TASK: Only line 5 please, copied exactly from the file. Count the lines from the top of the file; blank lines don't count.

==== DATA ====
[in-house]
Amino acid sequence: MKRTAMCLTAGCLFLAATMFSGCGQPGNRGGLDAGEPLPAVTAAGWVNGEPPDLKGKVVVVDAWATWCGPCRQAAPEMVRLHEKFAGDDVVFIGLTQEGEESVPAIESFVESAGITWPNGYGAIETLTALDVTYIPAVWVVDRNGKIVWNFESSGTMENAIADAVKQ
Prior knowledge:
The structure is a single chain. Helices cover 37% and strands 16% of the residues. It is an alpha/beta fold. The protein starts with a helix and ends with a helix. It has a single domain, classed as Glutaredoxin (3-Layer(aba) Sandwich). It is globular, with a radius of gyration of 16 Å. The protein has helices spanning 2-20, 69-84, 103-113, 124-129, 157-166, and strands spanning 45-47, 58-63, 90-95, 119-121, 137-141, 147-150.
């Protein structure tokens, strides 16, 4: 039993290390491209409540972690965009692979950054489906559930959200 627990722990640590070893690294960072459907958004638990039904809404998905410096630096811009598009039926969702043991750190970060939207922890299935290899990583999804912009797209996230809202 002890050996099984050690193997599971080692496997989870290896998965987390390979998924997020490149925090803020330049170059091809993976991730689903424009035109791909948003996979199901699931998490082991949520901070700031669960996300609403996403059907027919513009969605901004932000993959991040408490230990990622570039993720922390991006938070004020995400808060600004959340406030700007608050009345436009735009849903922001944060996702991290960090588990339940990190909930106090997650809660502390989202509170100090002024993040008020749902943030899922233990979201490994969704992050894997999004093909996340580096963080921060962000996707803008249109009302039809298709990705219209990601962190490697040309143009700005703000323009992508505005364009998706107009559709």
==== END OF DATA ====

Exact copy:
């Protein structure tokens, strides 16, 4: 039993290390491209409540972690965009692979950054489906559930959200 627990722990640590070893690294960072459907958004638990039904809404998905410096630096811009598009039926969702043991750190970060939207922890299935290899990583999804912009797209996230809202 002890050996099984050690193997599971080692496997989870290896998965987390390979998924997020490149925090803020330049170059091809993976991730689903424009035109791909948003996979199901699931998490082991949520901070700031669960996300609403996403059907027919513009969605901004932000993959991040408490230990990622570039993720922390991006938070004020995400808060600004959340406030700007608050009345436009735009849903922001944060996702991290960090588990339940990190909930106090997650809660502390989202509170100090002024993040008020749902943030899922233990979201490994969704992050894997999004093909996340580096963080921060962000996707803008249109009302039809298709990705219209990601962190490697040309143009700005703000323009992508505005364009998706107009559709």